MIKE O'HARA

O'HARA'S SCOUTING REPORT: Carolina Panthers

Posted Oct 4, 2017

Mike O'Hara takes a look at how the Carolina Panthers shape up on offense, defense and special teams.

Cam Newton made a statement on the field with his arms and legs in what might be looked back on as a game that defined the Carolina Panthers as legitimate Super Bowl contenders.

Newton threw three touchdown passes, ran for another score, and directed a 10-play drive that set up Graham Gano’s last-play field goal in Sunday’s 33-30 road victory over the defending Super Bowl champion New England Patriots.

The Patriots have had injury and performance problems in splitting their first four games, but beating them under any circumstance is an impressive accomplishment.

Before the Panthers departed Gillette Stadium to head home and begin a practice week to prepare for Sunday’s game against the Detroit Lions at Ford Field, Newton made a statement about the long-term benefit of beating the Patriots.

“This can be a jump start to a great season for us,” Newton said in his postgame interview. “Or it can be a flash in the frying pan.”

Head coach Ron Rivera appreciates Newton’s sentiment but wants to see it backed up by the team’s performance.

“It’s about whether or not we build off it,” Rivera said Wednesday in a conference-call interview. “It’s one of those things that can catapult you to the next direction. It’s how you approach the next game. 

“It all depends on what happens this week. You go out and lay an egg, you wasted the opportunity. You go out and play well, you build on that opportunity.”

For the short term, the win made the Panthers one of six NFC teams with 3-1 won-loss records – same as the Lions – and kept them tied with the Atlanta Falcons for first place in a surprisingly competitive NFC South. The Tampa Bay Bucs (2-1) and New Orleans Saints (2-2) are within striking distance.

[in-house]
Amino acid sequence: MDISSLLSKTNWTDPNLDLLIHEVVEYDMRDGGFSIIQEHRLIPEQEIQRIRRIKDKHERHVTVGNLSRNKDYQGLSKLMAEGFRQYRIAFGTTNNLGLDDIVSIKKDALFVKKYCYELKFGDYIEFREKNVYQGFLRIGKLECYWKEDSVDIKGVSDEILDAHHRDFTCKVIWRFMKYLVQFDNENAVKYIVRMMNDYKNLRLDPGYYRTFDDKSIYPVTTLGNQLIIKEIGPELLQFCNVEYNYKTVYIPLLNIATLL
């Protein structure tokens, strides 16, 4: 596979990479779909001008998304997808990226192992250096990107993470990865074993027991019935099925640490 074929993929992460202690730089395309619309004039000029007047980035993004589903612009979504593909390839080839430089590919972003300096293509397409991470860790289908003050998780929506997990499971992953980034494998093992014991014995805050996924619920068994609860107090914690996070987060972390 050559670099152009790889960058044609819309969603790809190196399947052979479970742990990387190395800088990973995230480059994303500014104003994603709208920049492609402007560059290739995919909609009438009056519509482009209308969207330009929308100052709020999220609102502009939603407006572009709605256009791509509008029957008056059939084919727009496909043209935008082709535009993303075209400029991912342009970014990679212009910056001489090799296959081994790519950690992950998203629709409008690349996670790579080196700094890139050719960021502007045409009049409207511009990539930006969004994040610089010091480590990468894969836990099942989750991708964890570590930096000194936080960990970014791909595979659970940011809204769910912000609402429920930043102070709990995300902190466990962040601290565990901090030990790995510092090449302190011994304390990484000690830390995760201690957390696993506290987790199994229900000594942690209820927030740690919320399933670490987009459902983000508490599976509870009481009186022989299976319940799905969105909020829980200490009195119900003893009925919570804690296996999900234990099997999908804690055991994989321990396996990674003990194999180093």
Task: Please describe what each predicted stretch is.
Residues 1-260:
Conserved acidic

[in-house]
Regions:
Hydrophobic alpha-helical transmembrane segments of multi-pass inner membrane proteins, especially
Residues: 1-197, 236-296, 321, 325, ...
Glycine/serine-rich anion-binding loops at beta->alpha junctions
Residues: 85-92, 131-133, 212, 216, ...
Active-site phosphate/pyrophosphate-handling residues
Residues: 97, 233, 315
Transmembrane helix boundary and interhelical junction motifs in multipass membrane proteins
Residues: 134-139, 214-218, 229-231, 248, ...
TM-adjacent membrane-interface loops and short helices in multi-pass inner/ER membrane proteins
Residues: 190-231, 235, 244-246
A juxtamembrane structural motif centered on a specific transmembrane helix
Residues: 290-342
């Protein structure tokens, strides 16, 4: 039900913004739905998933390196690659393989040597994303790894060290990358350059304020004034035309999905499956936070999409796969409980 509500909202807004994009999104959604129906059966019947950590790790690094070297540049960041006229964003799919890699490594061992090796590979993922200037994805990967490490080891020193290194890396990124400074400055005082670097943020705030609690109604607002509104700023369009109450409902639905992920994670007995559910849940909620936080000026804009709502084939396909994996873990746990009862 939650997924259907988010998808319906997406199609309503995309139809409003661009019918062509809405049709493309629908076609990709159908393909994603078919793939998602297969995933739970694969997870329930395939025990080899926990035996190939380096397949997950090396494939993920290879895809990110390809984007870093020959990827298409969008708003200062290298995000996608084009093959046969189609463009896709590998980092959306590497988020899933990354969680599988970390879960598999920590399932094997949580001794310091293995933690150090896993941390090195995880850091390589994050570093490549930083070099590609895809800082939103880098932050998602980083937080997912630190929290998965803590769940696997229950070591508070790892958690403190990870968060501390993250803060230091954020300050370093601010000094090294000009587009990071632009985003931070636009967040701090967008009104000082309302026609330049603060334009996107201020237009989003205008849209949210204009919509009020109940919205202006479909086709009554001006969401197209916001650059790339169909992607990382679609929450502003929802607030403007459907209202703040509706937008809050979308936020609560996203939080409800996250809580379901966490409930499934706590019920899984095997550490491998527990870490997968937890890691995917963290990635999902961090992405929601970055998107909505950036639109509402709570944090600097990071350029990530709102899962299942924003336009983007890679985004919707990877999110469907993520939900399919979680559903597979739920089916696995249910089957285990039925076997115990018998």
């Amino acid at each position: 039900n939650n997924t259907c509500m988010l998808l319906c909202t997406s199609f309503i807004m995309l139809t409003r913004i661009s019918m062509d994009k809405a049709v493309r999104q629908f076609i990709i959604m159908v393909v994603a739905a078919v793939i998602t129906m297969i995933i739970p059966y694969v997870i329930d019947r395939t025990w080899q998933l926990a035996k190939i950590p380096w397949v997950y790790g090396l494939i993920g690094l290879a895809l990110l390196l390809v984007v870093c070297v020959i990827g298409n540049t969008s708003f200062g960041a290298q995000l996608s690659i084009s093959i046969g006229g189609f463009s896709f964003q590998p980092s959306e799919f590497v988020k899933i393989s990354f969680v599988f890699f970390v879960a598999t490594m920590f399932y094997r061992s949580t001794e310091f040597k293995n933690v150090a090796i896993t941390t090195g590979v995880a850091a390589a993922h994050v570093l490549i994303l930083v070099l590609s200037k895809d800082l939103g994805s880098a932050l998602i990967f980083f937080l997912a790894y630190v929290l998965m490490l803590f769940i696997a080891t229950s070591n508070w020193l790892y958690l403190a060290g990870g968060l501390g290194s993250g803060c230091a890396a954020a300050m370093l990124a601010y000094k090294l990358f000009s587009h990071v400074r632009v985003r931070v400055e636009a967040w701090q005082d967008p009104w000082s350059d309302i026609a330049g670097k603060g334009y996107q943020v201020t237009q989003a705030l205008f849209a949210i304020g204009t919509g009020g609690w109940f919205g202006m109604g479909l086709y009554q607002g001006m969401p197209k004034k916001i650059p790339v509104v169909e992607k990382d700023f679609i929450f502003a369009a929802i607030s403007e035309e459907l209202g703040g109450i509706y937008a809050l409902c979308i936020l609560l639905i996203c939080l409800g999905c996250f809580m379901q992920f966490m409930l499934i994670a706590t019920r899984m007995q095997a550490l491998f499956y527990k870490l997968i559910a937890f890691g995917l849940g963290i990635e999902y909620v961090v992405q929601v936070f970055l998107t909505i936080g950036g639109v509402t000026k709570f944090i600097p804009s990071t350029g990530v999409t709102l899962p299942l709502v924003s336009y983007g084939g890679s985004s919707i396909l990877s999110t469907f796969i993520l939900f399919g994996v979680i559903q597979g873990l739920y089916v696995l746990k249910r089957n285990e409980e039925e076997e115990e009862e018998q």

One quarter into the season, the Panthers look more like their 2015 team that went 15-1 and lost to Denver in the Super Bowl than the 2016 team that started 1-5 and finished with a 6-10 record – five games behind the first-place Falcons.

The Panthers might be the most powerful team overall that the Lions have faced. They have a strong running game, big receivers and a strong front seven on defense.

As Lions safety Glover Quin put it: “They try to be a big, powerful football team.”

How the Panthers got to 3-1: They beat teams they were supposed to beat in the first two games – 23-3 over the lowly 49ers on the road and 9-3 over the surprising Bills at home in Week 2. They followed that with a 34-13 upset loss at home to the Saints and the upset road win over the Patriots.

Panthers’ offense: Their strength is running the ball, with Newton’s size (6-5, 245) a threat at all times even though he doesn’t run as often as he did when he broke into the league in 2011.

Jonathan Stewart, a Panthers 2008 first-round pick, still carries his share of the load at the age of 30. His only 1,000-yard rushing season was in his second season, but he’s a steady, solid performer and the team’s leading rusher with 230 yards.

Newton is next with 90 yards. He has Carolina’s only two rushing TDs. One was a seven-yard run against the Patriots that gave him 50 rushing TDs for his career – the most by a quarterback in the Super Bowl era. 

Newton’s top two receivers – Kelvin Benjamin and Devin Funchess – are 6-5 and 6-4 respectively.

The offense is handicapped by the loss of tight end Greg Olsen, who is on injured reserve with a foot injury sustained in Game 2. He averaged 76.6 catches a season the last five years.

Rookie runner: Every team seems to have a productive one this year, and for the Panthers it’s Christian McCaffrey.

Drafted eighth overall, he hasn’t contributed much in the running game (31 carries, 89 yards, 2.9 avg.) but he’s been a threat as a receiver with a team-high 22 catches for 216 yards. His results returning punts and kickoffs have been modest.

Panthers’ defense: A blend of experience and talent makes this one of the league’s most formidable units. That is reflected in the rankings – eighth against the run, seventh against the pass, fourth overall and third in first downs allowed per game.

The starting front four is solid, with 16-season pro Julius Peppers coming off the bench to lead the team with 4.5 sacks. Middle linebacker Luke Kuechly is a three-time All Pro and 2013 defensive player of the year flanked by Thomas Davis, still going strong on the weak side in his 13th year.

Kuechly, known for his instincts and ability, has Carolina’s only interception.